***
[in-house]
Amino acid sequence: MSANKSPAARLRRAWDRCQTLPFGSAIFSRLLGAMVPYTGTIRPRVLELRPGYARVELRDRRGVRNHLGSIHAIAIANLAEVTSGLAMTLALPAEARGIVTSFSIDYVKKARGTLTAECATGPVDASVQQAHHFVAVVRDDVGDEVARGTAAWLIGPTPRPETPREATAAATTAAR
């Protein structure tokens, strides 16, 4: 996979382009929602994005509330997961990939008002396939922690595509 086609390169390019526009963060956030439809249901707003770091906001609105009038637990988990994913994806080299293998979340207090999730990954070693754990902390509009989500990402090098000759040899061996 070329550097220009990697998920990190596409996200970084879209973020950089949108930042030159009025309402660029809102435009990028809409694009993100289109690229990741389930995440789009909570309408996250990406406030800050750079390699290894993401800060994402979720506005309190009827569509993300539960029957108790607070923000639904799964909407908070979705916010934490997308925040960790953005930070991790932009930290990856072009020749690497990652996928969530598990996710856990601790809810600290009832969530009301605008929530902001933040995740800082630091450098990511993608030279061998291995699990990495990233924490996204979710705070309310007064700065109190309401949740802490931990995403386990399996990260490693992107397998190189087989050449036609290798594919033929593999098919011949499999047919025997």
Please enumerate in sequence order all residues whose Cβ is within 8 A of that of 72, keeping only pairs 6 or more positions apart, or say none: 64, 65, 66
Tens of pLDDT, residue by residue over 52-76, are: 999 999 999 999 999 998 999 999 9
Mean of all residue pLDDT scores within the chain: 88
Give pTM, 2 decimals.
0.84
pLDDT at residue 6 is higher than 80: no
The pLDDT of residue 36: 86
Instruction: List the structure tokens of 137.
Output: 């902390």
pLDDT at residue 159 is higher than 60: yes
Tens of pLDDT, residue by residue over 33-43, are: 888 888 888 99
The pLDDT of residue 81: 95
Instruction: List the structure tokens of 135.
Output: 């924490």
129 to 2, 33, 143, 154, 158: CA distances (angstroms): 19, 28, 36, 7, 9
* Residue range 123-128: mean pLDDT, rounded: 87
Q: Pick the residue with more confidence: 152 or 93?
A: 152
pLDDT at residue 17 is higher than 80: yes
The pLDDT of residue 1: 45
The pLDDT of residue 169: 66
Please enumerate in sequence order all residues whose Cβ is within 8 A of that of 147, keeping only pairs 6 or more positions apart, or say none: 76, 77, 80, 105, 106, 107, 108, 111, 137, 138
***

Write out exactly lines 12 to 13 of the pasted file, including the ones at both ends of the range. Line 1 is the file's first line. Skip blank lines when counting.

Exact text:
Output: 């902390």
pLDDT at residue 159 is higher than 60: yes